Last year, Washington’s clean sweep of the Giants was a curiosity lost amid New York’s run to a second Super Bowl in five years. It was some sort of anomaly that Giants fans wrote off in their heads as irrelevant, a bad dream with Rex Grossman impossibly slicing through the same defense that brought the Packers and Patriots to their knees. This year, though, Washington’s excellent work against their northern neighbors has produced a close loss and a hugely important narrow win.
That victory last night moves Washington into a playoff chase with surprisingly good opportunities available. As I covered yesterday, Washington’s win last night gives them a likely tiebreaker advantage over the Giants in terms of in-division record, and if the Giants slip up once more over their difficult final four games, the Redskins would have a chance to control their own destiny with a win over the Cowboys in Week 17. Washington also holds tie-breaking victories over the Buccaneers, Cowboys, Saints, and Vikings, each of which could come in handy in terms of a possible wild-card berth.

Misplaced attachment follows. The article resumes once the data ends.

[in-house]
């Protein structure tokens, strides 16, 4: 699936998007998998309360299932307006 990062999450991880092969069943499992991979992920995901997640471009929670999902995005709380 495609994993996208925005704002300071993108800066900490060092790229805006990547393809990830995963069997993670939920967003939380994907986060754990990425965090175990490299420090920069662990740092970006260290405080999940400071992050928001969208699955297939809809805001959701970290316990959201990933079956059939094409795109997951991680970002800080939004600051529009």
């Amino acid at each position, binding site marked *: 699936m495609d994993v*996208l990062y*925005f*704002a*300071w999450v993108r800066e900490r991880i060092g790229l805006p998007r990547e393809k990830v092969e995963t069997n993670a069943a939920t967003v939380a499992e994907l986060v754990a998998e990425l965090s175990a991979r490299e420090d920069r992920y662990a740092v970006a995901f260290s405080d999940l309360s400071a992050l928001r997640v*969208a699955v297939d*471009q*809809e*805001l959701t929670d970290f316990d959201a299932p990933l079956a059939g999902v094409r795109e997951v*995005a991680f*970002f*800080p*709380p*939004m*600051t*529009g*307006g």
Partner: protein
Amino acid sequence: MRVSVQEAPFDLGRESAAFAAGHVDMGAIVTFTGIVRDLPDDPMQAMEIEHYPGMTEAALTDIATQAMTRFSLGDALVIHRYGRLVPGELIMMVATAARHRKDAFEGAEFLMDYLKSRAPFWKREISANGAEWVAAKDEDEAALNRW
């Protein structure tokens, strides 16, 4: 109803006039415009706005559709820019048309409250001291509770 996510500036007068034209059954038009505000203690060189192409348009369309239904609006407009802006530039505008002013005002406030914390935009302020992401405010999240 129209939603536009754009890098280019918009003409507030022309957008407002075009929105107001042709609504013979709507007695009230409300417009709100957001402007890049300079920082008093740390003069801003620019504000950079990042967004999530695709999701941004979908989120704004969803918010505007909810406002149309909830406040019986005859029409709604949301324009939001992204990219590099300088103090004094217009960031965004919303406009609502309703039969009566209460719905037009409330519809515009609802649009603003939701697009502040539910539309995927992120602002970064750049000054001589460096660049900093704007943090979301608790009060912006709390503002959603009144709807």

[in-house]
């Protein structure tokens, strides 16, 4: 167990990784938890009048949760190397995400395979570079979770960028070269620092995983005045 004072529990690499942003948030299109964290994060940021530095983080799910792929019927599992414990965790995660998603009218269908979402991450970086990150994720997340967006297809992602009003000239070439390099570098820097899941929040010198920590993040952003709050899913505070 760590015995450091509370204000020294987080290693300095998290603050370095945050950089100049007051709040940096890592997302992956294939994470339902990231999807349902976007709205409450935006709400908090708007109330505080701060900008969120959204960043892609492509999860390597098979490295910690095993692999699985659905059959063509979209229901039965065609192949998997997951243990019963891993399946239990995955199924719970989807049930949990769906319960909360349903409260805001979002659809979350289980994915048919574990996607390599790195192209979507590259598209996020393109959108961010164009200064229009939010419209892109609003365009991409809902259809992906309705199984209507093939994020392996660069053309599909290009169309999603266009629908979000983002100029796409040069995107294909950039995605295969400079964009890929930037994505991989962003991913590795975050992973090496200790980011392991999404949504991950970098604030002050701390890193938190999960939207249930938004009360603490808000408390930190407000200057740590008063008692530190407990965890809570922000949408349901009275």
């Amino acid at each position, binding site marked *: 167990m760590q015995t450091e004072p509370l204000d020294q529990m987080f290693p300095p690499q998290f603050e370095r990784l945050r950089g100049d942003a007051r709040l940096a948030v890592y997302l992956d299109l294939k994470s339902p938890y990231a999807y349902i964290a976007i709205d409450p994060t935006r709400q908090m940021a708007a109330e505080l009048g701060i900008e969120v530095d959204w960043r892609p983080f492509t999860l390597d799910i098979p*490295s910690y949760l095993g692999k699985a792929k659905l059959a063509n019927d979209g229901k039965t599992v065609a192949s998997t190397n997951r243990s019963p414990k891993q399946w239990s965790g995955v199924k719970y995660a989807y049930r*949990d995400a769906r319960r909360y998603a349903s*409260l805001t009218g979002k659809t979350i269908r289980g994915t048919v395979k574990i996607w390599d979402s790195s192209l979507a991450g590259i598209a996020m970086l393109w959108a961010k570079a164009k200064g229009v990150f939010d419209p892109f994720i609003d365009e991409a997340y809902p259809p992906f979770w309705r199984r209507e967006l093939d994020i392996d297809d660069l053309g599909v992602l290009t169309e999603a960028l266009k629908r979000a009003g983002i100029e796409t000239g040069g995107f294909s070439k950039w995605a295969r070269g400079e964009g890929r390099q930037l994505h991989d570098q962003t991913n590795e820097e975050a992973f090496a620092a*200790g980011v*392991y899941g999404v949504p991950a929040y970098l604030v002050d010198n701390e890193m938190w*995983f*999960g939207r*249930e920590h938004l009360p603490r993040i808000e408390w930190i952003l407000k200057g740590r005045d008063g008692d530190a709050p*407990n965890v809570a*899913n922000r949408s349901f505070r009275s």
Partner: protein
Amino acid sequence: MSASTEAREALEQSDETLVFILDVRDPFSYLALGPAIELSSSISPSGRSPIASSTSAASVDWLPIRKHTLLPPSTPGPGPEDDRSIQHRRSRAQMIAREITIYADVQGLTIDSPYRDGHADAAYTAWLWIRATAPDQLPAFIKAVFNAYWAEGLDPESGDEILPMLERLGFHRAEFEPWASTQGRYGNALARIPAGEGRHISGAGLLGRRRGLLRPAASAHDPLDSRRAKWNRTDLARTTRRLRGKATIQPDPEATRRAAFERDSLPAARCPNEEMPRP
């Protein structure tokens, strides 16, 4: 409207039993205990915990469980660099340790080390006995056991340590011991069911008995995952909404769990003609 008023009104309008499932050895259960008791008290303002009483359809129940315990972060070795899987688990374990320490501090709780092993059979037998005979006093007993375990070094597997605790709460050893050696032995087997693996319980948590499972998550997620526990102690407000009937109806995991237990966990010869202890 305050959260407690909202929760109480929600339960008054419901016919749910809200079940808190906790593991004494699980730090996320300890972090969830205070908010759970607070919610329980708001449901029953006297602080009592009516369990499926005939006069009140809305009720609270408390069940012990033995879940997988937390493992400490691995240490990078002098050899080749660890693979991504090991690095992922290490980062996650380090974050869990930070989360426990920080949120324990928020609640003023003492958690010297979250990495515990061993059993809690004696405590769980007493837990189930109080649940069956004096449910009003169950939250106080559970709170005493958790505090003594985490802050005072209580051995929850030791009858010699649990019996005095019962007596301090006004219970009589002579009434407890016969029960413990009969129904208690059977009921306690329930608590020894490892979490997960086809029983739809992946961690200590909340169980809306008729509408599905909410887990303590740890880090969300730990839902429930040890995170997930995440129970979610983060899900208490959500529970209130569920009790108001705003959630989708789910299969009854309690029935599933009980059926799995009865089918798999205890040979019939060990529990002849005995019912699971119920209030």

Robert Griffin has rightly attracted plenty of attention for his brilliant play this year, but if you take a look at what’s changed for Washington from their 3-6 start to their three-game winning streak, it’s not the offense that’s made a huge leap forward:
While the devastating Washington offense has continued to chug along at an impressive rate, it’s the much-maligned Redskins defense that’s stepped up its game and contributed mightily to this three-game winning streak.